The S&P 500 Continues To Look Expensive

It is hardly news to anyone that the S&P 500 Index (SPX) delivered a rather disappointing performance in 2022. In fact, 2022 was the first time in over one hundred years that both stocks and bonds delivered a negative return. As we can see here, the S&P 500 Index is down 16.23% over the trailing twelve-month period:

Source: Seeking Alpha

While it has rebounded a bit during the last few trading sessions, it remains far below its levels last January. As a result, there may be some readers that immediately question how I can call the S&P 500 Index expensive.

S&P 500 Valuation Metrics

Let us begin by taking a look at a few valuation metrics for the S&P 500 Index. One of these is the forward price-to-earnings ratio. I am fairly certain that everyone is familiar with the price-to-earnings ratio. In short, it tells the investor how much they have to pay for each dollar of earnings that the company produces. The forward price-to-earnings ratio works exactly the same way except that it tells an investor how much they have to pay for each dollar of earnings that the company is expected to produce over the next year.

As of the time of writing, the S&P 500 Index has a forward price-to-earnings ratio of 19.03. This is a much lower ratio than the 33.06 ratio that the market had at the end of the first quarter of 2021 but it is still a bit higher than the 18.65 ratio that the index had at the end of the second quarter of 2021:

S&P 500 Forward P/E

Source: YCharts

Historically, the S&P 500 Index has had an average price-to-earnings ratio of 18-22 using data going back to 1900. Thus, the index is currently trading in its average range. At first glance, that does not seem particularly expensive. However, it is important to keep in mind that during any sort of weak economy, the index declines to a level that is well below the average. The economy is widely expected to enter into a recession sometime in 2023 but the Federal Reserve is showing no signs of stopping its rate hikes to prevent this. In fact, Chairman Powell has hinted that the central bank is actually attempting to tip the economy into a recession in order to stop inflation. Thus, the market has almost certainly not bottomed out since it is still trading at a historically fair valuation. We can expect some more downside before we ever see the market return to its 2021 highs.

Another valuation metric that we can use for the market is the total market cap-to-gross domestic product ratio. This is a ratio that we do not often hear about even though famed investor Warren Buffett has stated that it is "probably the best single measure of where valuations stand at any given moment."

As of today, the total market index stands at $38.8207 trillion. That is the total market capitalization of all publicly-traded American companies. It is also 150.9% of the American gross domestic product. That is, to put it mildly, well above its historical average:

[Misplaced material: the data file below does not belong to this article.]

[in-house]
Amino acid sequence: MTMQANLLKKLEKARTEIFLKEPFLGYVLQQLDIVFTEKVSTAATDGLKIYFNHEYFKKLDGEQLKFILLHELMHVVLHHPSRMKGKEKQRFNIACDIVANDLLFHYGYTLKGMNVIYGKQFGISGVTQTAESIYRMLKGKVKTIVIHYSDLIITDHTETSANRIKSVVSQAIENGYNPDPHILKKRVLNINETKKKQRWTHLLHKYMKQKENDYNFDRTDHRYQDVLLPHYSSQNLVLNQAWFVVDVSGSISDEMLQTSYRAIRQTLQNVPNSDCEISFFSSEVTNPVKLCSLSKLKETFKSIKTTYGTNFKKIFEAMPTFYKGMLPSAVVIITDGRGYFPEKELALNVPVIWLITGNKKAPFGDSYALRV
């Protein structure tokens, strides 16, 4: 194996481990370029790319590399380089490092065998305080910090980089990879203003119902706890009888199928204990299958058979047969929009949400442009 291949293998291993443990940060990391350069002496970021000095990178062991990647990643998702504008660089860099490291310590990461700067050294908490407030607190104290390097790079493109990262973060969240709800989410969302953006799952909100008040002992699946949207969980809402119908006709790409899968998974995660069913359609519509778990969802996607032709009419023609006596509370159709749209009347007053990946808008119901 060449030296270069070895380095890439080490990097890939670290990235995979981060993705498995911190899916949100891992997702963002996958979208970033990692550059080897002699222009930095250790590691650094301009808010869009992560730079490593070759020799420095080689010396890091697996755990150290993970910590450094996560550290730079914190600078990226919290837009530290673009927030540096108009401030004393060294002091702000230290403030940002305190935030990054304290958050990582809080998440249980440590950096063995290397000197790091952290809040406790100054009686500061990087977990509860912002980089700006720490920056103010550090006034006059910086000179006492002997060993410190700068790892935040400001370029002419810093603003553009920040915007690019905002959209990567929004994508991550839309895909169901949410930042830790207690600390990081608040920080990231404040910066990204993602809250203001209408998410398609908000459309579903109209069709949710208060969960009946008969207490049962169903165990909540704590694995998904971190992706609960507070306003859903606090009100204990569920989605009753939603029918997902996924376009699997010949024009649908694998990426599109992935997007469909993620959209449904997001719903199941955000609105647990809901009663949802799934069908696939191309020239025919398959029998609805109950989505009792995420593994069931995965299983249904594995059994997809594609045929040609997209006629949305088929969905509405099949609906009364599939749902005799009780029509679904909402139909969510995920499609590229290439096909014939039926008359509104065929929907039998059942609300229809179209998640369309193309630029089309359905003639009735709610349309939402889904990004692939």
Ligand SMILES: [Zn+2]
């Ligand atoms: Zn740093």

While the ratio is admittedly not at its all-time high, we can see that it is still well above the historical average of 100%. This ratio tends to mean-revert over time, which means that it will tend to gravitate to 100% over the long term. It would also likely overshoot to the downside during a poor economy, such as what happened back in the last financial crisis. Thus, we can conclude that some downside from today's levels is a very likely outcome.

Not All Sectors Are Richly Valued

With that said, not every sector in the economy is richly valued. As I have pointed out numerous times across various sites, the traditional energy sector looks quite cheap.

I am certain that some readers may instantly see that statement and object. After all, energy was by far the best-performing sector over the past year. In fact, the iShares U.S. Energy ETF (IYE) is up a remarkable 41.98% over the past twelve months:

IYE 1-Yr. Chart

Source: Seeking Alpha

The reason for that is pretty obvious - energy prices shot up. However, just because the stocks of pretty much every company in the industry shot up does not mean that the companies are overvalued.

We can see this by looking at the forward price-to-earnings ratios of several energy companies:

Company Forward P/E
ExxonMobil (XOM) 10.41
Chevron (CVX) 10.78
ConocoPhillips (COP) 9.46
APA Corporation (APA) 5.44
Diamondback Energy (FANG) 5.84
Range Resources (RRC) 5.50

The same ratios can be seen all across the energy sector. As we can clearly see, these companies are all looking incredibly cheap relative to the rest of the S&P 500 Index. In fact, these valuations really only make sense if one believes that these companies will be going out of business in the near future. As I have pointed out in the past, that is highly unlikely to happen despite what environmentalists and politicians are saying.

More By This Author:

US LNG Exports Surge, Why Aren't You Profiting?
Could 2023 Be The Year For Gold?
Remembering 2022 And Opportunities For 2023

Disclosure: I am long various energy-focused funds that currently hold long positions in XOM, CVX, and FANG. I exercise no control over the contents of these funds and their holdings may change at ...

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Grumpy Gooner 1 year ago Member's comment

Great insights!